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Will Preoperative Smoking Cessation Programs Generate Long-Term Cessation? A Systematic Review and Meta-Analysis
Nicholas L. Berlin, MD, MPH; Christina Cutter, MD, MSc; and Catherine Battaglia, PhD, RN

Will Preoperative Smoking Cessation Programs Generate Long-Term Cessation? A Systematic Review and Meta-Analysis

Nicholas L. Berlin, MD, MPH; Christina Cutter, MD, MSc; and Catherine Battaglia, PhD, RN
This review demonstrates the long-term (≥12 months) efficacy of preoperative smoking cessation programs, providing further support for incorporation of smoking cessation programs into presurgical clinics.
ABSTRACT

Objectives: The aim of this review was to examine published randomized controlled trials (RCTs) and quasi-experimental studies that evaluate the association between preoperative smoking cessation programs and long-term smoking cessation at a minimum of 6 months, postoperatively.

Study Design: Systematic review and meta-analysis.

Methods: A systematic review was performed utilizing MEDLINE, EMBASE, CINAHL, PSYCHinfo, and COCHRANE databases. All eligible studies of smoking-cessation interventions initiated preoperatively, with cessation measured at a minimum of 6 months postoperatively, were identified. The effect of cessation interventions at 12 months postoperatively in RCTs was evaluated through meta-analyses using Mantel-Haenszel risk ratios (RRs) and 95% CIs. A fixed effects model was conducted initially; however, due to heterogeneity in study characteristics and patient cohorts, a more conservative random effects model was also performed.

Results: Four RCTs and 4 quasi-experimental studies were included. Two RCTs demonstrated an association between interventions and cessation at 12 months, and the quasi-experimental studies showed cessation rates of 48% to 56% at 12 months, postoperatively. In a fixed effects model, interventions were associated with a greater likelihood of cessation at 12 months (RR, 1.50; 95% CI, 1.05-2.15; P = .02), although this effect was not statistically significant after applying a random effects model (RR, 1.61; 95% CI, 0.88-2.96; P = .12).

Conclusions: The literature suggests that preoperative smoking cessation programs will likely precipitate long-term (≥12 months) cessation. Additional studies should identify approaches that optimize preoperative cessation programs in the promotion of short-term, and long-term cessation.

Am J Manag Care. 2015;21(11):e623-e631
Take-Away Points

This systematic review and meta-analysis of 4 randomized controlled trials and 4 quasi-experimental studies supports the long-term (≥12 months) efficacy of preoperative smoking cessation programs.
  • The efficacy and cost-effectiveness of smoking cessation programs in the context of presurgical clinics in the United States is understudied.
  • Nurse-driven cessation programs may optimize the effect of preoperative cessation intervention; however, further trials are needed to elucidate optimal approaches to preoperative cessation programs.

Tobacco use is the leading cause of preventable death not only in the United States, but worldwide.1 Each year, 5 million deaths are attributed to tobacco use, with projections suggesting that by 2020, tobacco will kill more people than any single disease pathology—an annual mortality increase to 8 million by 2030.1-3 Further, smokers die on average 10 years earlier than their nonsmoking counterparts.1,4 These are particularly troubling trends in the context of plateaued progress in smoking cessation rates since 1990.3

Diseases associated with tobacco use include, though are not limited to, cancer, cardiovascular disease, respiratory disease, and both ischemic and embolic events. In the United States alone, the economic cost and healthcare expenditure associated with tobacco use is estimated at $97 billion and $96 billion, respectively.1 In a paradigm emphasizing cost reduction in healthcare provision, tobacco use should be a prime target for behavioral intervention to generate cost savings.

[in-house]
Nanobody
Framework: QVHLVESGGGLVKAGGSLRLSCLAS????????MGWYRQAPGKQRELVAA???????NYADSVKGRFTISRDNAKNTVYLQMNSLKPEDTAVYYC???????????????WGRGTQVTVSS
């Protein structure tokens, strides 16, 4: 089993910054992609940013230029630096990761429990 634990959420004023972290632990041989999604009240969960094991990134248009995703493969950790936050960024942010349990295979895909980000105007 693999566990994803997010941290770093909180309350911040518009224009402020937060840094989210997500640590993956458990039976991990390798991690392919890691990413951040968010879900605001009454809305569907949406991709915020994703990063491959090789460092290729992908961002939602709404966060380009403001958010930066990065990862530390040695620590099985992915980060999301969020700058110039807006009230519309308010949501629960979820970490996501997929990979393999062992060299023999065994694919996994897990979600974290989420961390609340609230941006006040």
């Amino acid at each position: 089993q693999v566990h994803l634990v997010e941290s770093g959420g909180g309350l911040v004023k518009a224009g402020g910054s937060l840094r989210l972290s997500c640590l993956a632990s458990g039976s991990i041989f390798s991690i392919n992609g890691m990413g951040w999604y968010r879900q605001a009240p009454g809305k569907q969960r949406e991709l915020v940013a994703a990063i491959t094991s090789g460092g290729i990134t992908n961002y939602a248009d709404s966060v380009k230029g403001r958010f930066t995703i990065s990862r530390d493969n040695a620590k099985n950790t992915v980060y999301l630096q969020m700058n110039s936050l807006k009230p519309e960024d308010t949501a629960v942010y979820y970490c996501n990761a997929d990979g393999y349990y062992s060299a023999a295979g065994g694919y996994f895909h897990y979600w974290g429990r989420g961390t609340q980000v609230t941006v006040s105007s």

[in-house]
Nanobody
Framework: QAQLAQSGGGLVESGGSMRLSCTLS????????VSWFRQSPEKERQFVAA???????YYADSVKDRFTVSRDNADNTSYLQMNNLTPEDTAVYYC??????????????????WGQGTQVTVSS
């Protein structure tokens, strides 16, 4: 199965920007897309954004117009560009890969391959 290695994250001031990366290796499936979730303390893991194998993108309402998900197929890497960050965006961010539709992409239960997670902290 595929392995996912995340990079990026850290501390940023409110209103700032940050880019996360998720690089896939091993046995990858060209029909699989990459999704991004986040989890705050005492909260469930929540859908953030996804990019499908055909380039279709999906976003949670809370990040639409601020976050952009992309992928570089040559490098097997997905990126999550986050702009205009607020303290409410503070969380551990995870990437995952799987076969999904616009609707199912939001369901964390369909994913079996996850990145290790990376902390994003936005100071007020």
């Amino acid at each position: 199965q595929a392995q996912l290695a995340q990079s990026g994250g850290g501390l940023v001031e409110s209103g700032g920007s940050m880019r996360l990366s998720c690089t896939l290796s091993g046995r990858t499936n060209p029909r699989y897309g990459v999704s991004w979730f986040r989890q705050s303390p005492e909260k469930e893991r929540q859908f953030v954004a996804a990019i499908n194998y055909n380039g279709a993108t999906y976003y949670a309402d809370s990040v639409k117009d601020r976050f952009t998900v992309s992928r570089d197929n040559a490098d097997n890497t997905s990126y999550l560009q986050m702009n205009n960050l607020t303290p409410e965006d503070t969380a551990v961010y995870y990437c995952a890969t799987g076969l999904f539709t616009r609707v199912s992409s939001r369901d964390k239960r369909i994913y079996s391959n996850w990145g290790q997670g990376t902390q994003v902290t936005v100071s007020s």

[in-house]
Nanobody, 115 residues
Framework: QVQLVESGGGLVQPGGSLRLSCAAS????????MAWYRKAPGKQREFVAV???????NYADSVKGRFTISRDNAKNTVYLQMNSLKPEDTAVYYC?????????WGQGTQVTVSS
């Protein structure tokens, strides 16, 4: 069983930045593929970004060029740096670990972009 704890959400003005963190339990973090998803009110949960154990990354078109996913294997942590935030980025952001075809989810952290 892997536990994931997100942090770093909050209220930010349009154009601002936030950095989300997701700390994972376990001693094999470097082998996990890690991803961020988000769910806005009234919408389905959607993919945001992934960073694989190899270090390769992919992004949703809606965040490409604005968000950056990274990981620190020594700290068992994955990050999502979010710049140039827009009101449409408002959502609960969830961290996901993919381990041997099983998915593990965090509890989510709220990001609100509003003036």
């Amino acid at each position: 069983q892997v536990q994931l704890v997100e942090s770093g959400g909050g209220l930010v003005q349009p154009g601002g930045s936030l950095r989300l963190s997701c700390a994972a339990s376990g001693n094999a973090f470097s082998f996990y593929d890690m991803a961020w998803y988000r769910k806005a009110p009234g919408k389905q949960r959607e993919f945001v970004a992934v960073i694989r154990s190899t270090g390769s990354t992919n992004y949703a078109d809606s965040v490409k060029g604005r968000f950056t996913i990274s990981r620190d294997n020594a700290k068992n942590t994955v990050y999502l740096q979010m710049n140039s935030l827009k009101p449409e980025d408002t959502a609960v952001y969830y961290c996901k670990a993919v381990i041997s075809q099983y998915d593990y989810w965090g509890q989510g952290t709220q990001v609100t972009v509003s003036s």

In the primary care setting, patients present to their primary care physician with multiple complaints at a majority of appointments; therefore, integration of preventative protocols may continuously prove more challenging. Alternate strategies should be explored; perioperative care presents a unique opportunity in both patient capture and incentivization.

It is estimated that approximately 10 million tobacco smokers undergo surgical intervention in the United States each year.5-7 Moreover, surgery precipitates spontaneous uptake of risk-reducing health behaviors8—it is a documented “teachable moment” for smoking cessation.9 Studies suggest that preoperative smoking cessation interventions can increase postoperative abstinence by up to 60%,10 with each additional week of cessation producing an improved cumulative effect.11 Surgeons, anesthesiologists, nurses, and other presurgical staff should seize this opportunity, not only to improve surgical outcomes, but also to promote smoking cessation.

After adjusting for demographic characteristics and baseline cigarette consumption, patients who have undergone continuous cessation for longer periods (≥3 months) are more likely to be continuously abstinent at approximately 2 years12—this highlights the importance of assessing long-term cessation. Additionally, despite a robust foundation of literature discussing the effectiveness of perioperative care as a teachable moment for smoking cessation at 3 months, few studies examine the effect at periods longer than 3 months.13

Two systematic reviews conducted in 2008 and 2010 to evaluate the impact of preoperative smoking cessation programs solicited the need for additional studies to more fully assess the impact of preoperative smoking cessation interventions on long-term abstinence.13,14 This systematic review and meta-analysis sought to evaluate the current literature with regard to the impact of preoperative smoking cessation programs on long-term cessation beyond 6 months postoperatively.

 

METHODS
Search Strategy

Two authors (NLB and CMC) independently conducted a literature search using: 1) Ovid MEDLINE, 2) Ovid EMBASE, 3) EBSCO CINAHL, 4) Ovid PSYCHinfo, and 5) the COCHRANE Database of Systematic Reviews, Database of Abstracts and Review of Effects, and Central Register of Controlled Trials for studies published prior to July 19, 2013.